Why the Caps need to win the division
At the start of the season I thought the Caps were a 110-point team who would play at last year’s level and only see a decline in their point totals from last season because of an improved Southeast division. Well, things haven’t exactly gone to plan, leaving our beloved team stuck on a 102-point pace. Ultimately, I believe 105 points will clinch the Southeast, that Tampa will run out of steam in the last third of the season and that the Caps will right the ship just enough to get to 105 and win the division.
Or so I hope.
For those of you who still harbor dreams of Stanley Cup parades in D.C. this summer it’s imperative that we win the division this year because teams that do not finish in the top four in their conference do not win Stanley Cups. Since the NHL went to the conference playoff seeding format in 1994-95, only one team seeded lower than fourth won the Cup, and that was fifth-seeded New Jersey in 1995, an odd strike-shortened season with teams only playing 48 games. Additionally, no team seeded sixth or lower has ever won the Cup. Basically, a team has very low odds to host a June parade if they don’t finish in the top four in the conference.
There is the “Just Make the Playoffs” contingent that believes that regular season performance isn’t all that important based on last year’s flukish Flyers-Canadiens semifinal matchup, where both the seventh- and eighth-seeded team made it to the conference finals. Those same folks will also point out that Buffalo made it to the Finals in 1999 as a seventh seed, Anaheim made it to the Finals in 2003 as a seventh seed, and Calgary made it to the finals in 2004 as a sixth seed. They’re right, but it’s not a path the Caps necessarily want to follow. Only 20 percent of 5-8 seeds have made it to the Finals since 1995. In other words, it’s a once-every-five years phenomenon within each conference. Additionally, two of those teams (Philadelphia and Anaheim) got “lucky” in that there were so many upsets that playoff year that they managed to play at least one series against a team seeded No. 5-8. So while it’s possible the Caps can follow such a path if they don’t win the division or sneak into the fourth spot, the odds are considerably against them making a run to the Finals.
There’s also that luck thingy the Caps would need if they enter the playoffs as a low seed. Considering the team’s history does anyone really want to bank on the Washington Capitals getting lucky in the playoffs? This franchise has seen its fair share of the flukish and the freakish, and with the exception of 1998, those events tend to go overwhelmingly against the team.
The takeaway: Finish in the top four or else we’re putting our faith in the hockey gods working their magic on the Caps behalf.
A few more comments:
- Bruce has received some criticism lately with his shuffling of defensive pairs, as Scott Hannan, John Erskine, Mike Green and Jeff Schultz have been routinely shuffled among one another. Only the John Carlson and Karl Alzner duo seems to remain intact on a consistent basis. The shuffling won’t get any easier when Tom Poti gets healthy. That said, I’m not against Bruce’s mixing-and-matching of defensemen. You’ve got to build comfort and chemistry between defenseman and now is the time to experiment and figure which pairs work best so that you can put your best foot (or skate) forward for the stretch run. You’d hate to get into a situation where the playoffs come around, an injury happens and you have to pair two defensemen with little experience together.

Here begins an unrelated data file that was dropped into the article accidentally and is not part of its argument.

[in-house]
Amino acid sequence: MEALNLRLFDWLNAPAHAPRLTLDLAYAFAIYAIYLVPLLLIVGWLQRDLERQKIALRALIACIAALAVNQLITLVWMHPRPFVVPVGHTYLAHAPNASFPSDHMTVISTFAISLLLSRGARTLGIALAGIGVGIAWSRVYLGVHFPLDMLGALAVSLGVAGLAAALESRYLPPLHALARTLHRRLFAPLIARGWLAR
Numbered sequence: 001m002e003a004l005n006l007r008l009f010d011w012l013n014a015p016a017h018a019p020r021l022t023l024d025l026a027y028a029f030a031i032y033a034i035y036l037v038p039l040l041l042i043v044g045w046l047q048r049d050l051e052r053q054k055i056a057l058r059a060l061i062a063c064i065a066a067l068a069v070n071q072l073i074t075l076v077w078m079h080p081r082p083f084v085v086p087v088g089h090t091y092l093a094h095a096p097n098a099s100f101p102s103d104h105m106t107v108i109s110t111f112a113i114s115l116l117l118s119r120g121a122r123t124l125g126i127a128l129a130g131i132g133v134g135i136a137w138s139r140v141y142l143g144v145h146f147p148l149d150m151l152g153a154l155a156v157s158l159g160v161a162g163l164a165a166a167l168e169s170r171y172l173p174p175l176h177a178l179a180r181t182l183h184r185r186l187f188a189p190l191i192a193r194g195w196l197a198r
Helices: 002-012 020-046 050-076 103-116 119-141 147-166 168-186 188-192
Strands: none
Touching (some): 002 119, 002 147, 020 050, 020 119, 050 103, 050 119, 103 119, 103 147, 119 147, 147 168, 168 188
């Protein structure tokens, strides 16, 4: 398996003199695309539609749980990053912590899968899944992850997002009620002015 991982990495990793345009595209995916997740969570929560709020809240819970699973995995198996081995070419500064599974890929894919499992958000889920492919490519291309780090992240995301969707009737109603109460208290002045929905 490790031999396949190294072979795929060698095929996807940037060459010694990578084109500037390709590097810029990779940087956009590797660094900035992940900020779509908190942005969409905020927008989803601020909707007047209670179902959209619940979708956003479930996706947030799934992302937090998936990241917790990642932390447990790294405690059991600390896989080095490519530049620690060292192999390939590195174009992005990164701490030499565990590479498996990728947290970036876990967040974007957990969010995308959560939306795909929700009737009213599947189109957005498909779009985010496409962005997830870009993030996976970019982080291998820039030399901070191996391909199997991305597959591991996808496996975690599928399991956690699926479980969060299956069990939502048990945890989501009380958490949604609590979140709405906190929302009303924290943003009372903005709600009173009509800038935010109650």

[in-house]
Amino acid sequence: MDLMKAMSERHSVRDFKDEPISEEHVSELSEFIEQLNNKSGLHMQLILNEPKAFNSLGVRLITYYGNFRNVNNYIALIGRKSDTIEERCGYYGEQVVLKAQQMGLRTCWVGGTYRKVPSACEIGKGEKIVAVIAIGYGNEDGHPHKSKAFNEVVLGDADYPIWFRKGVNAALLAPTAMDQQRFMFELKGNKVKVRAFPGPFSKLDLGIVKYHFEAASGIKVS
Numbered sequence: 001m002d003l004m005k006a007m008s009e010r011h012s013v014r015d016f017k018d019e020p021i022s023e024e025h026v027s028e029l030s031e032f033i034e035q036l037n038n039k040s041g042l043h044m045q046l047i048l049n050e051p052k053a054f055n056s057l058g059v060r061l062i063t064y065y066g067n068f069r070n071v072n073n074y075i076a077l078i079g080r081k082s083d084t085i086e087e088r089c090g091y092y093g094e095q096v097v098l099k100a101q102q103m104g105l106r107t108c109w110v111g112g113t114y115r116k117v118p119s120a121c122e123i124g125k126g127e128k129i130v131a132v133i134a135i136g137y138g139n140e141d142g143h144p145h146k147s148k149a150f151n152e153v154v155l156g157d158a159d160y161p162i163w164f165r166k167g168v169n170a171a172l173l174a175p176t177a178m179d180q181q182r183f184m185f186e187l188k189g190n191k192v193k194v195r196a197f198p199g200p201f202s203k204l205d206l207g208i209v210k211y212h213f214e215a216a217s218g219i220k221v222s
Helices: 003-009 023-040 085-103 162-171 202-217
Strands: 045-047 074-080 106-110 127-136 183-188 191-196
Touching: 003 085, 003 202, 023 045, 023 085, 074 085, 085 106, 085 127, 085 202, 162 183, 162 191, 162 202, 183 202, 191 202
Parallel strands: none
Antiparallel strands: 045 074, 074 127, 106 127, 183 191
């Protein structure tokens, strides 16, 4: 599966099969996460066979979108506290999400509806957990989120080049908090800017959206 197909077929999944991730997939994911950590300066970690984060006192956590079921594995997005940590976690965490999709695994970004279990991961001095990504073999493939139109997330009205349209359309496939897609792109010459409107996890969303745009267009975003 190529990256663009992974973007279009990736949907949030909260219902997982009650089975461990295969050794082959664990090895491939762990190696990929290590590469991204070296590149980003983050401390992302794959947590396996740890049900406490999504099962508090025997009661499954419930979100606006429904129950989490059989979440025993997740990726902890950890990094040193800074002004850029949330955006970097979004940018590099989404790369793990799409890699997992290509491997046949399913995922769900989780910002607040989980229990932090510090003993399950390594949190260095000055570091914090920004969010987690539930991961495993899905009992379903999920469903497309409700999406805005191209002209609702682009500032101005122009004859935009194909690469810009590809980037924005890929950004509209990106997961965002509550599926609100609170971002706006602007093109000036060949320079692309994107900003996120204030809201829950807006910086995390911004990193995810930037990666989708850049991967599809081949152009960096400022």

- Former Caps beat reporter for the Washington Times and CSN contributor Corey Masisak is leaving the Caps beat to go work for NHL.com. He will be missed. Corey had the daunting task of replacing the legendary Caps beat writer Dave Fay four years ago at the Times and did a more-than-admirable job. The D.C. market has always been treated to good beat reporters for the Caps and Corey was no exception. But beat reporters are paid to be journalists and report the facts, not give opinions. Part of me would have loved to see Corey put on a “columnist” hat every once in a while and give his true opinion on the state of the Caps.
- Two months ago I posted a blurb about how I thought the Caps penalty killing would regress to the mean, as the season’s hot start was fueled by above average goaltending, not a better penalty kill. Looking back I was wrong -- the PK is indeed better. The penalty killers have reduced shots allowed from last year and shorthanded goaltending remains above average. That’s why they stand at fifth in PK this year, up from 26th last year. Happy to be wrong here.
- It’s been a few months since I posted anything related to local college hockey. While Liberty (D1) is still the best team in the DMV, their path to a national championship in ACHA Division 1 is pretty rocky, as they are currently ranked No. 15 in the country. It’s UMBC that has the best shot of winning a national championship, as they sit at No. 2 in the Southeast Region of ACHA Division 2. Virginia Tech, Liberty (D2 team) and Maryland all look poised to gain berths in the Southeastern playoffs as long as they stay in the top 10. Solid year all around for the DMV at the college level.
| January 18, 2011; 2:11 PM ET
Categories: Capitals, Kareem El-Alaily | Tags: Capitals, Kareem El-Alaily
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